|Dignity, Voice, and Personhood within Pediatric Terminal Illness Narratives
As a child has a limited capacity to act, medical decisions including the cessation of treatment are typically made by their parents. This incapacity and lack of autonomy is highlighted through pediatric illness narratives, illustrating a child’s lack of voice as detrimental to their sense of self. Pedagogies and fictional texts also reveal the pediatric patients’ desire to be normal, their risk-taking behaviors as a form of agency, and their resilience in face of their mortality among others. Through which, one aims to expound on the notion of dignity and the preservation of personhood at a child’s end of life, contrasting narrative medicine with the biomedical model’s singular focus on curative treatment.
Ivy Chua is a Masters student at Nanyang Technological University, where her multi-disciplinary research examines dignity, voice, and personhood within pediatric illness narratives. Her research interests include pediatric illness, palliation, doctor-patient discourse, and mental health within contemporary literature.
|Cat Chong is currently a PhD student at Nanyang Technological University, Singapore where their work investigates stories of sickness in female authored Singaporean and SE Asian illness narratives. Her interests include ecology, feminism, contemporary poetics, and disability studies.|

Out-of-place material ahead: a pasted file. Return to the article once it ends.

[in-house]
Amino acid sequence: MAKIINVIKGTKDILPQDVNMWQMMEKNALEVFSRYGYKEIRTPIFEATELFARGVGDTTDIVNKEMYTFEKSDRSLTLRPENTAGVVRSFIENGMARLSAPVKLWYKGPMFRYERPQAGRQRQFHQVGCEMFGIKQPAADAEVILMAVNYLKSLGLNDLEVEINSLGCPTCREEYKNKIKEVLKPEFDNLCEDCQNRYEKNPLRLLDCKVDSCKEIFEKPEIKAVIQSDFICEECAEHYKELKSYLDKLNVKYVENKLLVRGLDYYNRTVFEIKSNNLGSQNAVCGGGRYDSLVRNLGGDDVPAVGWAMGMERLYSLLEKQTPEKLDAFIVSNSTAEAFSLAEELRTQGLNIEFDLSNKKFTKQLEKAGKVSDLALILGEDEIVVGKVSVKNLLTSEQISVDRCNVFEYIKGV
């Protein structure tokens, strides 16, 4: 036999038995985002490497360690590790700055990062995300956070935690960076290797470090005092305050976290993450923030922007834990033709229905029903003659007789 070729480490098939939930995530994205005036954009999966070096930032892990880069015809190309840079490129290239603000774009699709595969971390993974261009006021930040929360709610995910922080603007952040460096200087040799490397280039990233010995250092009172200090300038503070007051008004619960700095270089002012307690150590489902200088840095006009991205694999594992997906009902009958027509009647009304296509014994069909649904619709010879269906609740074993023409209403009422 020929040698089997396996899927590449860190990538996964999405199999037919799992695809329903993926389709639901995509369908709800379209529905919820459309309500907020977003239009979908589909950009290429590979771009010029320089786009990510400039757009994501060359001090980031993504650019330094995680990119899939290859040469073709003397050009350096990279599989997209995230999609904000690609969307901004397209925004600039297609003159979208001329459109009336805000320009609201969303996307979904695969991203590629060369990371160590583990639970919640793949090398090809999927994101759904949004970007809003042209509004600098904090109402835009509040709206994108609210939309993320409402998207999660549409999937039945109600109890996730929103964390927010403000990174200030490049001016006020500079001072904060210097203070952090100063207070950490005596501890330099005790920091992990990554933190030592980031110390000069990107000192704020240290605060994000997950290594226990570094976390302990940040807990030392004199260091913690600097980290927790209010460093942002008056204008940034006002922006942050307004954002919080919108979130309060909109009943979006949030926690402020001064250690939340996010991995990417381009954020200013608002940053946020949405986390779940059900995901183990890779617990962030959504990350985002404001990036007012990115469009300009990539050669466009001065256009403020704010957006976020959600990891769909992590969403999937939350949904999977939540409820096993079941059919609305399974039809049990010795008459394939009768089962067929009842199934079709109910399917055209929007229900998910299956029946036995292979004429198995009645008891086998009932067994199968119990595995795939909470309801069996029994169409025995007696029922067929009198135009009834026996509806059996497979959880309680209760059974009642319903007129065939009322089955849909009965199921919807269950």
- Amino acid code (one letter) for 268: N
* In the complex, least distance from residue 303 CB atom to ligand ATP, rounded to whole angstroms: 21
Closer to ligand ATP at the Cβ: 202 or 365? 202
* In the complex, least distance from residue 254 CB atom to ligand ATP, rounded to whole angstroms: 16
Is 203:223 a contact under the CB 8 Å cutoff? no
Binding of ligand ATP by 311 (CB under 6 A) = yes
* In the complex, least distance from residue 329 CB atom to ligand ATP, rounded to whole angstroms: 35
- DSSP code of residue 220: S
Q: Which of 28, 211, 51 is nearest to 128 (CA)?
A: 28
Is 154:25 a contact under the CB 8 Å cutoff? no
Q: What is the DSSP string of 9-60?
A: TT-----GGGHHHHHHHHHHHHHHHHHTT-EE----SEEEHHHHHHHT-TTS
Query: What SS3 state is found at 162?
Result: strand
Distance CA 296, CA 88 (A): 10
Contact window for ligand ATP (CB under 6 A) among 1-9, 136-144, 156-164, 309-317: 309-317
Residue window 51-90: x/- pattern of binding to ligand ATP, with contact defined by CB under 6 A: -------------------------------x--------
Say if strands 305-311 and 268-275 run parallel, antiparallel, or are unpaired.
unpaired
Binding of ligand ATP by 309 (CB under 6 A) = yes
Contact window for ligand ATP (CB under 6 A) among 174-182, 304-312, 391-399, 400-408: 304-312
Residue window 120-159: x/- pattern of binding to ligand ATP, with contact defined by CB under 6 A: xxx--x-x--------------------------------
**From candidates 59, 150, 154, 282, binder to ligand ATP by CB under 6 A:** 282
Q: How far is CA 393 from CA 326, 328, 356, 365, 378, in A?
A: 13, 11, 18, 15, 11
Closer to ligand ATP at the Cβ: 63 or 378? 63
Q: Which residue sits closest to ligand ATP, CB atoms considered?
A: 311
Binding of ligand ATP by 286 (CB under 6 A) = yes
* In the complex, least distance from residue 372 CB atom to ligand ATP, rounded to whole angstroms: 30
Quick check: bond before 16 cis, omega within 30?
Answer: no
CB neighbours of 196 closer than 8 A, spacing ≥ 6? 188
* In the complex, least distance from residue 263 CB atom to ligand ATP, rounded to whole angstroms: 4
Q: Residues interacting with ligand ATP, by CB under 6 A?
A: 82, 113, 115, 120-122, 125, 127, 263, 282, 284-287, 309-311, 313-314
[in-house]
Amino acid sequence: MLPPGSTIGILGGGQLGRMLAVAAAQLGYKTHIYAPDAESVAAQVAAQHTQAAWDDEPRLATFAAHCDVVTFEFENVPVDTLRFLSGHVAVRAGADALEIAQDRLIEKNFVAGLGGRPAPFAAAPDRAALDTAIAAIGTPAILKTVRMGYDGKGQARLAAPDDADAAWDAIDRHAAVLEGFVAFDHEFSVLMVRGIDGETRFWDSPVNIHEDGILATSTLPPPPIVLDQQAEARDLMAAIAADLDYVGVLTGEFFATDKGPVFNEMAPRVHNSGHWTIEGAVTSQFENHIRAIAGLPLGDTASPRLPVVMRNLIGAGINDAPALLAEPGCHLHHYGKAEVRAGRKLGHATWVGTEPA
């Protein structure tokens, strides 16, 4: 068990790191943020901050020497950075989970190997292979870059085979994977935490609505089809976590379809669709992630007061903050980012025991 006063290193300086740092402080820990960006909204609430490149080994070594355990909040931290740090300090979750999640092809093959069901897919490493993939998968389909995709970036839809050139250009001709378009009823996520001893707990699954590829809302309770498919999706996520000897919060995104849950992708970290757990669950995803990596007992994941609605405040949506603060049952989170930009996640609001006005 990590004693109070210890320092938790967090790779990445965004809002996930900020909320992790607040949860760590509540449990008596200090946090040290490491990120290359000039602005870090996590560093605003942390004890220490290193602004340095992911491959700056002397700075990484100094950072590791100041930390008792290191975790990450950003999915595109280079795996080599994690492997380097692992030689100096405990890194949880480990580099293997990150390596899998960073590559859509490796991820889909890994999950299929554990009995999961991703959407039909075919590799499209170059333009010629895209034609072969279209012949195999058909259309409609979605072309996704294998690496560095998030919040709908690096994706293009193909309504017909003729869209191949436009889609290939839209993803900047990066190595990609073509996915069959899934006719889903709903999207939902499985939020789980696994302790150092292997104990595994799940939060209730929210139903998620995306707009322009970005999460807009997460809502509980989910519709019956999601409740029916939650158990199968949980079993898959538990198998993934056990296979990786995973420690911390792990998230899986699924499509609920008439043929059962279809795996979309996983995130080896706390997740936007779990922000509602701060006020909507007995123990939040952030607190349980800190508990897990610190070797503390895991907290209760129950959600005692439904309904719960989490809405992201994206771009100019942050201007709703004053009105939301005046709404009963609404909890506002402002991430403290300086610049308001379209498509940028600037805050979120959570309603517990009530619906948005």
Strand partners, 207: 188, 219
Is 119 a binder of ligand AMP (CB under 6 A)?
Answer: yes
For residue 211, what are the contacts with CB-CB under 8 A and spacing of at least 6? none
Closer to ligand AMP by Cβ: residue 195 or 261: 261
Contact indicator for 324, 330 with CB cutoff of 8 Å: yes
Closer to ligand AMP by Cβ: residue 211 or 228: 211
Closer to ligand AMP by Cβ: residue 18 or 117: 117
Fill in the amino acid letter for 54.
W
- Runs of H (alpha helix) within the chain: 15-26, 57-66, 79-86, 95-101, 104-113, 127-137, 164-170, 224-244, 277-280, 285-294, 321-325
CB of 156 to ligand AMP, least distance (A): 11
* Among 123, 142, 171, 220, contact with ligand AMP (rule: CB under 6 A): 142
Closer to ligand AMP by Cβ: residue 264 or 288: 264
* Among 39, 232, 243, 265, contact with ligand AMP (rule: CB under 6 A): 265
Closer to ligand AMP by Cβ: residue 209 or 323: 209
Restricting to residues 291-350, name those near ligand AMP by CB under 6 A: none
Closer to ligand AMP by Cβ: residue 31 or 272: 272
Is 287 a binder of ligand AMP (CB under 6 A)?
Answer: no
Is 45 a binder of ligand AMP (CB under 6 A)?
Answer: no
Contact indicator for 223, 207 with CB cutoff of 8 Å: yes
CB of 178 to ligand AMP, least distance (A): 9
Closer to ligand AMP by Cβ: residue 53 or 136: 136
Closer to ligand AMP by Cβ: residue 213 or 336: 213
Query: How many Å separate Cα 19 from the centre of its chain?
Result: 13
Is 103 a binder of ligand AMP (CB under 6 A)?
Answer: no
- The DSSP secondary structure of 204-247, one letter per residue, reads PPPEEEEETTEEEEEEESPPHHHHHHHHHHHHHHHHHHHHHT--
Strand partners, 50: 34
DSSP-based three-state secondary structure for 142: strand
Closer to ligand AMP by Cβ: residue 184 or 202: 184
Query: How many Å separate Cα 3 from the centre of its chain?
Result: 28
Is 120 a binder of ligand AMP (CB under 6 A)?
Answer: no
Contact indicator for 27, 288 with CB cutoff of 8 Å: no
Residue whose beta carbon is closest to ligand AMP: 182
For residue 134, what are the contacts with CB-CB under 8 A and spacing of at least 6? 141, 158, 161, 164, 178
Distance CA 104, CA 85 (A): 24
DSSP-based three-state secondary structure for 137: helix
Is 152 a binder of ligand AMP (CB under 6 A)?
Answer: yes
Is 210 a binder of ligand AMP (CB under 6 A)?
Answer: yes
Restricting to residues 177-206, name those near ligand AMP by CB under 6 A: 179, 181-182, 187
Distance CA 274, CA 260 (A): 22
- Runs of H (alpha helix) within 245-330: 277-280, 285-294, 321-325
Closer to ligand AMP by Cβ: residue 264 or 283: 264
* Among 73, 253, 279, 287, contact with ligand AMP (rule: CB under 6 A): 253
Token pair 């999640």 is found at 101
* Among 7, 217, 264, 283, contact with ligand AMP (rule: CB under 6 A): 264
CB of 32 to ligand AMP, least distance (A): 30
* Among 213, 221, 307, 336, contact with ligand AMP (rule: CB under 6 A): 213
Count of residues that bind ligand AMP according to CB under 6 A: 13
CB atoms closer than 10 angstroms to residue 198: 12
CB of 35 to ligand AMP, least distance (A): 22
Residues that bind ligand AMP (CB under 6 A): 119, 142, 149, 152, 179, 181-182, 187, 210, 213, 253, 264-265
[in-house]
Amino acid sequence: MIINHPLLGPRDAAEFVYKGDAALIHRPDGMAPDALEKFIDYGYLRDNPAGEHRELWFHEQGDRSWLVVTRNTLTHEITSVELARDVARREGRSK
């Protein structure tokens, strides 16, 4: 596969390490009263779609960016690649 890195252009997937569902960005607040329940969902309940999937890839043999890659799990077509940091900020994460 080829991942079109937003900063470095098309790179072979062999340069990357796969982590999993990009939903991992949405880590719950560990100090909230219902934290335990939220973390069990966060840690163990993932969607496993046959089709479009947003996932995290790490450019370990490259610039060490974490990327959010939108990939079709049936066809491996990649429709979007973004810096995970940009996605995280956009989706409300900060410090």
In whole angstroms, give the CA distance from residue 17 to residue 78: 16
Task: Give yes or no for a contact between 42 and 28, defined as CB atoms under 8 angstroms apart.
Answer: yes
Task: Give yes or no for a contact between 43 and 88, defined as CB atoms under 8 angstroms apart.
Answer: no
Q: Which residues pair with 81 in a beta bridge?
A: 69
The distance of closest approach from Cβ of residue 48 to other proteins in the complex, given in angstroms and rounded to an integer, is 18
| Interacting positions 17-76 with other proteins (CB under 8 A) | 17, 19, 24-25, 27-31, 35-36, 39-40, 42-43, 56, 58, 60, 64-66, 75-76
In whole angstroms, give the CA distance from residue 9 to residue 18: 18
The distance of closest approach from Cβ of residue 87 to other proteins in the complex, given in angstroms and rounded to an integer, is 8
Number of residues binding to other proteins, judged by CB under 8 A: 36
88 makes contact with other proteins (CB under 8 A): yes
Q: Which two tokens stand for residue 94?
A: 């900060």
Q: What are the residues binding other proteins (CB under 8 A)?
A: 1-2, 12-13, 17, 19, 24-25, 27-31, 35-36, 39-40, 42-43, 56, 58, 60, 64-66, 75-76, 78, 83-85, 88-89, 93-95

Their work will take a comparative approach to female authored illness narratives in Singapore and Southeast Asia I will investigate how intersections between gender and medicine have impacted the experience and written expression of illness within the genre of pathographies and illness narratives. To date, limited critical attention has been paid to illness narratives from outside of the UK and USA. Their research will therefore engage with the intellectual imperative to provide greater focus on Singaporean and South East Asian women’s writing within the emergent medical humanities field.
|Xiaoya ZHAN is a current
Ph.D. student at Nanyang Technological University, Singapore. With the
backgrounds in bioarchaeology and evolutionary anthropology, her research
mainly focuses on the parasitic remains from archaeological contexts of ancient
China. With the focus, she attempts to explore the health conditions, hygienic
practice, daily behaviors, and migrations of ancient residents. |